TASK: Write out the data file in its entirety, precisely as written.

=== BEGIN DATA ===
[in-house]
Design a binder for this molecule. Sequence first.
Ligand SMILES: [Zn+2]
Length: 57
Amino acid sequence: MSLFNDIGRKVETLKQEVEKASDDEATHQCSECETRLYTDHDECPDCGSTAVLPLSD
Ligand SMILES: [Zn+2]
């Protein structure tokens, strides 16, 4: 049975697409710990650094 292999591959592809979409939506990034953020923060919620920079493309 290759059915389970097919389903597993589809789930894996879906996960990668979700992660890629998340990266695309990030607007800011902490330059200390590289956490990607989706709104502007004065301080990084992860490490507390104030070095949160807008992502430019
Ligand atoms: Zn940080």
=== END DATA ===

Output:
[in-house]
Design a binder for this molecule. Sequence first.
Ligand SMILES: [Zn+2]
Length: 57
Amino acid sequence: MSLFNDIGRKVETLKQEVEKASDDEATHQCSECETRLYTDHDECPDCGSTAVLPLSD
Ligand SMILES: [Zn+2]
């Protein structure tokens, strides 16, 4: 049975697409710990650094 292999591959592809979409939506990034953020923060919620920079493309 290759059915389970097919389903597993589809789930894996879906996960990668979700992660890629998340990266695309990030607007800011902490330059200390590289956490990607989706709104502007004065301080990084992860490490507390104030070095949160807008992502430019
Ligand atoms: Zn940080």